View Nick Whalen Profile
Lib. (NL)
That's perfect. Thank you very much.
Voices: Oh, oh!
The Chair: Mr. Maguire.
View Nick Whalen Profile
Lib. (NL)
We only have about 15 seconds to go, so if Ms. Prince could provide us with a slight elaboration, we can then move to Madame Lapointe.
View Nick Whalen Profile
Lib. (NL)
Thank you, Ms. Prince.
The last opportunity goes to Madam Lapointe.
View Nick Whalen Profile
Lib. (NL)
You can ask questions until the bell rings, probably in a few minutes.
View Nick Whalen Profile
Lib. (NL)
Thank you, everyone.
I'd like to thank the officials for coming today and providing us with this briefing on the announced 11 new rural communities that will participate in the rural northern immigration pilot.
For committee members, this will now adjourn our 167th meeting and our last regularly scheduled meeting of the 42nd Parliament. I invite members to stay to meet a German delegation that is here to discuss the integration of immigrants and refugees into the labour market, and how to best attract a skilled labour force to Canada, including persons with disabilities in this challenge. If you could let the clerk know if you intend to stay, we can arrange the room accordingly.
The meeting is adjourned.
View Ken McDonald Profile
Lib. (NL)
View Ken McDonald Profile
2019-06-17 15:42
I call the meeting to order.
Pursuant to Standing Order 108(2), we are studying the adequacy of enforcement and penalties for infractions of the Fisheries Act.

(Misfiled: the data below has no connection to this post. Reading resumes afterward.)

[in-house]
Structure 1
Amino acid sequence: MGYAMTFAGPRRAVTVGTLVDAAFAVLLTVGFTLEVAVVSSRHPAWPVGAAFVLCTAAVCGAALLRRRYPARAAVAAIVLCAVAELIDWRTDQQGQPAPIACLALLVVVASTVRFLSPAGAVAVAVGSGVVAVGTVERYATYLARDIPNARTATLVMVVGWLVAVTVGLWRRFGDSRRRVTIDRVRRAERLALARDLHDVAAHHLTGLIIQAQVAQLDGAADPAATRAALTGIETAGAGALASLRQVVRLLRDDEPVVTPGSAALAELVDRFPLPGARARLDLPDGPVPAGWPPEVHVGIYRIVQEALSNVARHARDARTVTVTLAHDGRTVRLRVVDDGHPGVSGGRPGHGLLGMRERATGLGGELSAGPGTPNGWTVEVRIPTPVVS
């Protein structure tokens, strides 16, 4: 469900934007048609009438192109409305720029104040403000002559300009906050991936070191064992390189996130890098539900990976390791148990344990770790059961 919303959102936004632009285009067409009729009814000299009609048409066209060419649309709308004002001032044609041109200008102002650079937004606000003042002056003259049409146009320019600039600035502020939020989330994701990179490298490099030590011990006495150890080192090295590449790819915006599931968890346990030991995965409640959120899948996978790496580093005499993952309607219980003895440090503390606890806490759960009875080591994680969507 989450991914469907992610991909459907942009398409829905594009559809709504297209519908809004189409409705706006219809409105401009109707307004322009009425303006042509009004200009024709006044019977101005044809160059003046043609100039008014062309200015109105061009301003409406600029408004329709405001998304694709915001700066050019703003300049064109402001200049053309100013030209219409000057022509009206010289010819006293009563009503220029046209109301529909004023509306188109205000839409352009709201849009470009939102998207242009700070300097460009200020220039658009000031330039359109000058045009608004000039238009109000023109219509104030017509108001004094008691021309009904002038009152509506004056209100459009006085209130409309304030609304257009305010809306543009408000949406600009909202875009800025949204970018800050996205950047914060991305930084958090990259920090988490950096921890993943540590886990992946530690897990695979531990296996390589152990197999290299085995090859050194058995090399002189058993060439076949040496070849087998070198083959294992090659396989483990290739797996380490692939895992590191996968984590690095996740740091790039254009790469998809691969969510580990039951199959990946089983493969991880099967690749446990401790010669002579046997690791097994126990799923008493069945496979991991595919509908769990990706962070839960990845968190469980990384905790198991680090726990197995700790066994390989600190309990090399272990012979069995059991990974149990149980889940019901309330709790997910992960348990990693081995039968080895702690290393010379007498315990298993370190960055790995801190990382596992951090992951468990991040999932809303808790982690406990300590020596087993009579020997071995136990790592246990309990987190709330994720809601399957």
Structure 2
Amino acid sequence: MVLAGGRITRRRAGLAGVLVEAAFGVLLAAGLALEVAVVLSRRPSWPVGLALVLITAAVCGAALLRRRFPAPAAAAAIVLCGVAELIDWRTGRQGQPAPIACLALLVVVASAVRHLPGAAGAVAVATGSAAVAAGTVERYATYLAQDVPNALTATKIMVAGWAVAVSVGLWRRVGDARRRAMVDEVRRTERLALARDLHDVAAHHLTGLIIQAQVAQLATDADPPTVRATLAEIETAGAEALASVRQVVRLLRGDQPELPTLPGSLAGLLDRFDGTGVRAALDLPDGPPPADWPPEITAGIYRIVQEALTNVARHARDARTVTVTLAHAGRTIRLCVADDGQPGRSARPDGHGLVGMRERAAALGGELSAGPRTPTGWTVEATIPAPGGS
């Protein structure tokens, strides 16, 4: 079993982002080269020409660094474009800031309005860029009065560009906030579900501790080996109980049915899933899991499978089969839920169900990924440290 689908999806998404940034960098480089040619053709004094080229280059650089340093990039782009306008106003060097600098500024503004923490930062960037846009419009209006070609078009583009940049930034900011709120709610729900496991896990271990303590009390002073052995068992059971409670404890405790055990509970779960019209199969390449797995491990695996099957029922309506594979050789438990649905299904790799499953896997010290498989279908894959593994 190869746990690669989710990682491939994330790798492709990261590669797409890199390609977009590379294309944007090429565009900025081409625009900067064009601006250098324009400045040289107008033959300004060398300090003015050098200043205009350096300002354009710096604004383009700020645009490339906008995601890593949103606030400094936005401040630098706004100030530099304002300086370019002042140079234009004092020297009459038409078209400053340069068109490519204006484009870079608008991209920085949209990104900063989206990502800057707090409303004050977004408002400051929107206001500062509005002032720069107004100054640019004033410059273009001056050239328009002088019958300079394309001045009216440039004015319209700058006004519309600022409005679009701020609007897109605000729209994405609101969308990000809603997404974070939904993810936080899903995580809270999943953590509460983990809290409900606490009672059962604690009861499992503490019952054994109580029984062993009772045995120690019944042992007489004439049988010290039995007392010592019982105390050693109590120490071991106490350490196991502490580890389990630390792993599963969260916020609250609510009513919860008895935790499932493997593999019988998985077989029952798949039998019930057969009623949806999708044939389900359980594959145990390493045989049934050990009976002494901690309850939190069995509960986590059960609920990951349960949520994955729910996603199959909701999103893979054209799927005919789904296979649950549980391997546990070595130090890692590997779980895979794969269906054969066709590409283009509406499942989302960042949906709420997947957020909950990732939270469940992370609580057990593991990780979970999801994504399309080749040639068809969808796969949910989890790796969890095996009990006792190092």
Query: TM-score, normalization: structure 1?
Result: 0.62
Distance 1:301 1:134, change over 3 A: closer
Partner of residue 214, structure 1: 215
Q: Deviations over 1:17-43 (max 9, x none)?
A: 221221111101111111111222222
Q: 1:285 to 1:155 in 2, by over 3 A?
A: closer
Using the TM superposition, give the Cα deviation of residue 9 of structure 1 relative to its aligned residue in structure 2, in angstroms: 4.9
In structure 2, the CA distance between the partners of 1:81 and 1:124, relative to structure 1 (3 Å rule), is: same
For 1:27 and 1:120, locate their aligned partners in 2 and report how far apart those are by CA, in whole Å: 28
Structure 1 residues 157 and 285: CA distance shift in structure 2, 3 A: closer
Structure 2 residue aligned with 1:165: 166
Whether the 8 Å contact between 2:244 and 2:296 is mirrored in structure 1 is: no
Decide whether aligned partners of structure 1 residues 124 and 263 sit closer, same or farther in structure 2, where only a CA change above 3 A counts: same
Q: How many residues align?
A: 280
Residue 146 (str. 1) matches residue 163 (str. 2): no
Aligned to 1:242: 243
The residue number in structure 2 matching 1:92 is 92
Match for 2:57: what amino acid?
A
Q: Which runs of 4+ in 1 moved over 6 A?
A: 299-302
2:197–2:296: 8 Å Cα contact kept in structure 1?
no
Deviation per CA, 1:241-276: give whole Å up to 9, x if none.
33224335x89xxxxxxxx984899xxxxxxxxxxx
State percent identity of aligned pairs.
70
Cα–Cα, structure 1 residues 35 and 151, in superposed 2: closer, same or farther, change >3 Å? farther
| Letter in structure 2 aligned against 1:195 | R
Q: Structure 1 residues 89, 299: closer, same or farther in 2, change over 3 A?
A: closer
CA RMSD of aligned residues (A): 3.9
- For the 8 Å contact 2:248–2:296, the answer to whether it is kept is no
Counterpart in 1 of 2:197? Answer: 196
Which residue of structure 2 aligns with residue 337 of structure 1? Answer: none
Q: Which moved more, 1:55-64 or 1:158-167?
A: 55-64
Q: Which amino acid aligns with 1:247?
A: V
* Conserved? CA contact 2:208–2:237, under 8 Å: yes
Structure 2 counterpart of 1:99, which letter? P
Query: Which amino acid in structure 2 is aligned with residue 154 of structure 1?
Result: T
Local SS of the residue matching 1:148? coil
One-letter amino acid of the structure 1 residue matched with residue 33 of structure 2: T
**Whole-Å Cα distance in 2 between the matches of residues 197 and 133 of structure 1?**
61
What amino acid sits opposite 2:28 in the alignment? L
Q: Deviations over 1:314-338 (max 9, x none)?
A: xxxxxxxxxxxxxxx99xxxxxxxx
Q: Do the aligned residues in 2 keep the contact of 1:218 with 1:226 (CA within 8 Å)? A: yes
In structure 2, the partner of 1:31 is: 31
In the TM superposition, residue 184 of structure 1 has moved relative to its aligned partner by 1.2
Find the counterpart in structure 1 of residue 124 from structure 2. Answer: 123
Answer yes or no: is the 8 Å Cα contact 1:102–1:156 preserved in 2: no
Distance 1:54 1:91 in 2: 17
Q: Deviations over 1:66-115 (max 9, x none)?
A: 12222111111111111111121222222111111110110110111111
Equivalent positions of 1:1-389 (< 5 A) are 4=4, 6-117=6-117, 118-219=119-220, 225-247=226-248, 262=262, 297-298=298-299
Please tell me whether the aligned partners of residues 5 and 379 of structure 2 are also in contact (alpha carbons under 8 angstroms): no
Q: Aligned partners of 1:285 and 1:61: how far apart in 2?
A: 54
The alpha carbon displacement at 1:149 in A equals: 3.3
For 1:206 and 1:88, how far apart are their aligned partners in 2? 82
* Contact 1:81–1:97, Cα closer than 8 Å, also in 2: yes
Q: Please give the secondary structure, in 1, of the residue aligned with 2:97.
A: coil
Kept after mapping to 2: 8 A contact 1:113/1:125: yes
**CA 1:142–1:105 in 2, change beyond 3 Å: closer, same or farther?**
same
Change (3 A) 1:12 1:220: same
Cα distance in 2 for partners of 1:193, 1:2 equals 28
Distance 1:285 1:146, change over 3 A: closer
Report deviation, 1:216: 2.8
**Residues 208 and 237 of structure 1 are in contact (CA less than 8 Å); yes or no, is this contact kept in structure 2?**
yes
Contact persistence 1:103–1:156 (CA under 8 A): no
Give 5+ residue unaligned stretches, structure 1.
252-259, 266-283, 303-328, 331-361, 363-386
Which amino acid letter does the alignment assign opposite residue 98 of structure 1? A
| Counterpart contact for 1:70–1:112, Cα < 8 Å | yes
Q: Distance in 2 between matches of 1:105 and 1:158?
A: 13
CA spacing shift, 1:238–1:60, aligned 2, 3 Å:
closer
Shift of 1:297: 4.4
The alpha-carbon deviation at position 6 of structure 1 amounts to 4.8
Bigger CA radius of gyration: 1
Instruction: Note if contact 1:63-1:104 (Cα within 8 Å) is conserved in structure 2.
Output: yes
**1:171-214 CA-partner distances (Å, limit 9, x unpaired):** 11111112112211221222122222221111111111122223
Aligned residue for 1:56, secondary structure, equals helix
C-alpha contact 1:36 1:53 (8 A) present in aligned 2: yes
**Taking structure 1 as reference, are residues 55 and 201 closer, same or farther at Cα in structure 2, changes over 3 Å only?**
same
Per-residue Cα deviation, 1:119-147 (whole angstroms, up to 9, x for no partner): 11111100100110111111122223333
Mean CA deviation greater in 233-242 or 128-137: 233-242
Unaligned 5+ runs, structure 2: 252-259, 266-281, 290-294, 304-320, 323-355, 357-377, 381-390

For the first hour, by video conference, we have Bernie Berry from the Coldwater Lobster Association.
From the Prince Edward Island Fishermen's Association, we have Robert Jenkins, President, and Ian MacPherson, Executive Director.
As an individual, we have Alexandra Morton, Independent Biologist with the Pacific Coast Wild Salmon Society.
We'll start with Bernie Berry from the Coldwater Lobster Association. For your opening statement, you have seven minutes.
View Ken McDonald Profile
Lib. (NL)
View Ken McDonald Profile
2019-06-17 15:51
Thank you, Mr. Berry.
We'll now go to the Prince Edward Island Fishermen's Association for seven minutes.
Gentlemen, I don't know if you're sharing your time.
View Ken McDonald Profile
Lib. (NL)
View Ken McDonald Profile
2019-06-17 15:58
Thank you, Mr. MacPherson.
We'll now go to Alexandra Morton for seven minutes or less, please.
View Ken McDonald Profile
Lib. (NL)
View Ken McDonald Profile
2019-06-17 16:06
Thank you, Ms. Morton, for that.
We'll now go into our question round.